Locally 3-D printed drones, a 3-D holographic command table, “supercavitating” torpedoes evaporating the water around them, laser weapons and an electro-magnetic railgun are just a few of the features of the battleship of the future, according to a team of young British engineers.
Designed as part of an informal challenge by the U.K. Ministry of Defense (MOD) and Royal Navy, the concept ship — dubbed the Dreadnought 2050 (the original HMS Dreadnought was a Royal Naval battleship commissioned in 1906, “which represented such an advance that all other major warships were rendered obsolete” according to a press release — is a trimaran made of ultra-strong acrylic see-thru composites and powered by a fusion reactor or highly efficient turbines rendering it an extremely silent and quite deadly stealth vessel.
The main objective of the MOD tech challenge was to come up with the most modern surface warship design possible, given current budgetary limitations. According to Startpoint, an organization of the Royal Navy tasked with managing the Dreadnought 2050 project, “the mission is to tackle parallel challenges of providing advanced technology set against the backdrop of funding constraints.” And “while some of these technologies push today’s boundaries in science and engineering, there is no reason why elements could not be incorporated into future designs,” according to Muir Macdonald, a senior executive at Startpoint.
The Dreadnought 2050 would be submersible “to present a lower profile which would make the ship more stealthy and even harder to detect.” Instead of a mast the vessel would sport a tethered quad-copter. “This tether would be made of carbon nanotubes and cryogenically cooled in order to transmit significant power to the quad-copter for multi-spectral sensors and act as a high-power (i.e. laser) weapon to knock down enemy missiles or aircraft,” the press release states.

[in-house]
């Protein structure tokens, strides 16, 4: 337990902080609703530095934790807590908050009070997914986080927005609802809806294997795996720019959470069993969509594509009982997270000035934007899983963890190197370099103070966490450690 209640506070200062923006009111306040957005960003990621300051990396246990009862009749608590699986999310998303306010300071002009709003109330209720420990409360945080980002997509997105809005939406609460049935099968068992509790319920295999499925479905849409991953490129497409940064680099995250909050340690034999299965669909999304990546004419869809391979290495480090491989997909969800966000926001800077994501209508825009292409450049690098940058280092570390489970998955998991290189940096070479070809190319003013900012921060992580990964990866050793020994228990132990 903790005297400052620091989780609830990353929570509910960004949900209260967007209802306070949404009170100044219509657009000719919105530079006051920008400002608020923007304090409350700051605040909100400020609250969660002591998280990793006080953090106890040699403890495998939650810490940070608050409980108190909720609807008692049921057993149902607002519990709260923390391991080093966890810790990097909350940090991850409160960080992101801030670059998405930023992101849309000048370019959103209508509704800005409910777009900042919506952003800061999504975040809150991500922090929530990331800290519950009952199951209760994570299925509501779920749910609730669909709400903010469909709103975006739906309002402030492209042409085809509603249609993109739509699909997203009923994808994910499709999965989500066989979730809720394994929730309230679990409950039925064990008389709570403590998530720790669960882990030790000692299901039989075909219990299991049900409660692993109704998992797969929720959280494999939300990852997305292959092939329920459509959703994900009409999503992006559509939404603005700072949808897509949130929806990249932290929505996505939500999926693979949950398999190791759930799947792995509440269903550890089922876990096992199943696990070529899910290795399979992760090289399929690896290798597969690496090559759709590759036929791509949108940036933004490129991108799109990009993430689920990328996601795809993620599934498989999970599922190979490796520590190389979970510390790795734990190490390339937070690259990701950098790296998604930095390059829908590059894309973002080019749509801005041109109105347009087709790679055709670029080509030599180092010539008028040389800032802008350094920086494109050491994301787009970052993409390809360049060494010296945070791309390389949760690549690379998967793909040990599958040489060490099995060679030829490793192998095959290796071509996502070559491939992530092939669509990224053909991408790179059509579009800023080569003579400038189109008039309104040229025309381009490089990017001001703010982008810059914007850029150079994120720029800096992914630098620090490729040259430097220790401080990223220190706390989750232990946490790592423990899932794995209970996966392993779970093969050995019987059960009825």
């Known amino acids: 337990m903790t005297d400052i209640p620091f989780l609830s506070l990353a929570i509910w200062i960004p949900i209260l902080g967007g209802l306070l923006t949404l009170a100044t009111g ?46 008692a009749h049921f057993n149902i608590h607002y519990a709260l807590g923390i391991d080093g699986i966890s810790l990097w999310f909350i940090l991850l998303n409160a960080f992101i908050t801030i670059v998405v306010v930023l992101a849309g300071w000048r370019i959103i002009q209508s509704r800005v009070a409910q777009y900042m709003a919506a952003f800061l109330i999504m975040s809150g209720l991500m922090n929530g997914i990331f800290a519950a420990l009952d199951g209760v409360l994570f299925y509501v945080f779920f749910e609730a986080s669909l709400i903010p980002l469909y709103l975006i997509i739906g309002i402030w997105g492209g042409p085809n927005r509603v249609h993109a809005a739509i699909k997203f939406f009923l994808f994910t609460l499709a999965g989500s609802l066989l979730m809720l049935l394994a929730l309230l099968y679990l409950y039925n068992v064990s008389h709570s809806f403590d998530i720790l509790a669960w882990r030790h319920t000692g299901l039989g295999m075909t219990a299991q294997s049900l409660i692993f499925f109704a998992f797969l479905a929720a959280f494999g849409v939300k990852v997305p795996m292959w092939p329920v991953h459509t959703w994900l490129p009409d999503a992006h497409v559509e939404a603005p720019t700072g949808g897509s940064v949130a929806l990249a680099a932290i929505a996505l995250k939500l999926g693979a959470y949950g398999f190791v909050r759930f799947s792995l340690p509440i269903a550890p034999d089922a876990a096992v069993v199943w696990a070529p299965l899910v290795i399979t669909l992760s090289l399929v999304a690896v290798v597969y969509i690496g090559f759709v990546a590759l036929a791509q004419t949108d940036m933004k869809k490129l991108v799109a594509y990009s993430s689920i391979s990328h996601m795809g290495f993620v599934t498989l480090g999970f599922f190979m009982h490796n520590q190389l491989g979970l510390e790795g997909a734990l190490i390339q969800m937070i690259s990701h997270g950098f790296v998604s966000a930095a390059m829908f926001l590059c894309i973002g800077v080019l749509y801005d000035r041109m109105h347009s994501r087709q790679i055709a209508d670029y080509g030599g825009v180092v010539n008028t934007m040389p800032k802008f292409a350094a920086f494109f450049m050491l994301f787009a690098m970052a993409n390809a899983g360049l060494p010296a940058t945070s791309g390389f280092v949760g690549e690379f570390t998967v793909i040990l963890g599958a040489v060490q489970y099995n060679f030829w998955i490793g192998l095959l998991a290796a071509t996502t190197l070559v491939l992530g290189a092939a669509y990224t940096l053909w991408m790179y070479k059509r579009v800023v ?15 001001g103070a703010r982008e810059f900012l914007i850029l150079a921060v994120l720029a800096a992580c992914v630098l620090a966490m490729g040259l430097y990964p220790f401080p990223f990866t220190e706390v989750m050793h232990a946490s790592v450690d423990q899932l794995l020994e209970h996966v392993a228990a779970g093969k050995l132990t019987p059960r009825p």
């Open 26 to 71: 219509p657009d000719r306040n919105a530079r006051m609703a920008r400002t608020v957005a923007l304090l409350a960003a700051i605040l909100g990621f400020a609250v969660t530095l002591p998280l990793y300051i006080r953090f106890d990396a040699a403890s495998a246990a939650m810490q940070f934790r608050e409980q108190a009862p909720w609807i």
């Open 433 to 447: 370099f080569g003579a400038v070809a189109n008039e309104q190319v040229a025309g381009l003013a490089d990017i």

The ship’s crew would consist of around 50 to a 100 sailors, rather than the 200 strong crew found on today’s warships, with the vessel’s nerve center, the Operations Room, staffed by five rather than 25 people.
“There would be an electro-magnetic railgun at the bow, capable of firing projectiles the same distance as today’s long-range cruise missiles; and at the stern there would be a ‘moon pool’ or floodable dock area to deploy Royal Marines and other troops on amphibious raiding missions, or unmanned underwater vehicles (UUVs) to detect mines,” according to the press release.
“Above the floodable dock would be a large, extendable flight deck and hangar for multiple remotely piloted air systems (RPAS/UAVs), many equipped with weapons, which could target the enemy without putting the crew in harm’s way,” it continues.
The Dreadnought 2050 would also be equipped with “missile tubes for defensive hypersonic (i.e. Mach 5 plus) missiles, directed energy weapons to stop small enemy craft loaded with explosives; and in the armas (the outrigger hulls) would be torpedo tubes to fire super-cavitating torpedoes capable of 300+ knots.”